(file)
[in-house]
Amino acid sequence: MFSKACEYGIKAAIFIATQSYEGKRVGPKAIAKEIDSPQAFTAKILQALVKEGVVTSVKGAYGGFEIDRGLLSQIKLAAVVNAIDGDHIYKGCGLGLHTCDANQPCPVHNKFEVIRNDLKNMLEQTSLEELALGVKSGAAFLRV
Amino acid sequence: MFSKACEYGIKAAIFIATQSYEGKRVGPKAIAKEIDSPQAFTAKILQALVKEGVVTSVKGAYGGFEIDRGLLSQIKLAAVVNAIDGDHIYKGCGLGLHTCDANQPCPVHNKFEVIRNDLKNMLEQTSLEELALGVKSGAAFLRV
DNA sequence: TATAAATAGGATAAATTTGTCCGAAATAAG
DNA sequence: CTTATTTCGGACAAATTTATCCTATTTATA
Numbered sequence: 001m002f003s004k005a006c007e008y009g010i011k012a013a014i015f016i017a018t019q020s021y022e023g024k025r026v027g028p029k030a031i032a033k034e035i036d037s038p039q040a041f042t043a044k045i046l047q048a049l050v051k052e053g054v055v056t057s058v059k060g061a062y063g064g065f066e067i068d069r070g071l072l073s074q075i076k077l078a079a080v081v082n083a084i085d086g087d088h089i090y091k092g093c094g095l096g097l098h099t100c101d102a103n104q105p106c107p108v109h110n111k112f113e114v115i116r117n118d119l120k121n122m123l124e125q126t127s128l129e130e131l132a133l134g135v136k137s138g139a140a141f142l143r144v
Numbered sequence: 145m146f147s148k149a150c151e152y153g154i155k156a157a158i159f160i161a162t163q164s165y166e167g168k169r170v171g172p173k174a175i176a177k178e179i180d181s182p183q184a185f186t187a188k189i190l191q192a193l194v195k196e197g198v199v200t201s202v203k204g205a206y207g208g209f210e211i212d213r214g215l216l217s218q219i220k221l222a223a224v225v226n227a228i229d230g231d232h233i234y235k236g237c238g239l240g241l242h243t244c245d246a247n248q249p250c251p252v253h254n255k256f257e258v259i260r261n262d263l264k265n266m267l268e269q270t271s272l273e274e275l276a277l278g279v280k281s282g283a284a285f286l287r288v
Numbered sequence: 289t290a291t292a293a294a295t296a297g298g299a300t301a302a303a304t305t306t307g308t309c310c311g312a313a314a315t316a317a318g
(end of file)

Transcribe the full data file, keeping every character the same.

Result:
[in-house]
Amino acid sequence: MFSKACEYGIKAAIFIATQSYEGKRVGPKAIAKEIDSPQAFTAKILQALVKEGVVTSVKGAYGGFEIDRGLLSQIKLAAVVNAIDGDHIYKGCGLGLHTCDANQPCPVHNKFEVIRNDLKNMLEQTSLEELALGVKSGAAFLRV
Amino acid sequence: MFSKACEYGIKAAIFIATQSYEGKRVGPKAIAKEIDSPQAFTAKILQALVKEGVVTSVKGAYGGFEIDRGLLSQIKLAAVVNAIDGDHIYKGCGLGLHTCDANQPCPVHNKFEVIRNDLKNMLEQTSLEELALGVKSGAAFLRV
DNA sequence: TATAAATAGGATAAATTTGTCCGAAATAAG
DNA sequence: CTTATTTCGGACAAATTTATCCTATTTATA
Numbered sequence: 001m002f003s004k005a006c007e008y009g010i011k012a013a014i015f016i017a018t019q020s021y022e023g024k025r026v027g028p029k030a031i032a033k034e035i036d037s038p039q040a041f042t043a044k045i046l047q048a049l050v051k052e053g054v055v056t057s058v059k060g061a062y063g064g065f066e067i068d069r070g071l072l073s074q075i076k077l078a079a080v081v082n083a084i085d086g087d088h089i090y091k092g093c094g095l096g097l098h099t100c101d102a103n104q105p106c107p108v109h110n111k112f113e114v115i116r117n118d119l120k121n122m123l124e125q126t127s128l129e130e131l132a133l134g135v136k137s138g139a140a141f142l143r144v
Numbered sequence: 145m146f147s148k149a150c151e152y153g154i155k156a157a158i159f160i161a162t163q164s165y166e167g168k169r170v171g172p173k174a175i176a177k178e179i180d181s182p183q184a185f186t187a188k189i190l191q192a193l194v195k196e197g198v199v200t201s202v203k204g205a206y207g208g209f210e211i212d213r214g215l216l217s218q219i220k221l222a223a224v225v226n227a228i229d230g231d232h233i234y235k236g237c238g239l240g241l242h243t244c245d246a247n248q249p250c251p252v253h254n255k256f257e258v259i260r261n262d263l264k265n266m267l268e269q270t271s272l273e274e275l276a277l278g279v280k281s282g283a284a285f286l287r288v
Numbered sequence: 289t290a291t292a293a294a295t296a297g298g299a300t301a302a303a304t305t306t307g308t309c310c311g312a313a314a315t316a317a318g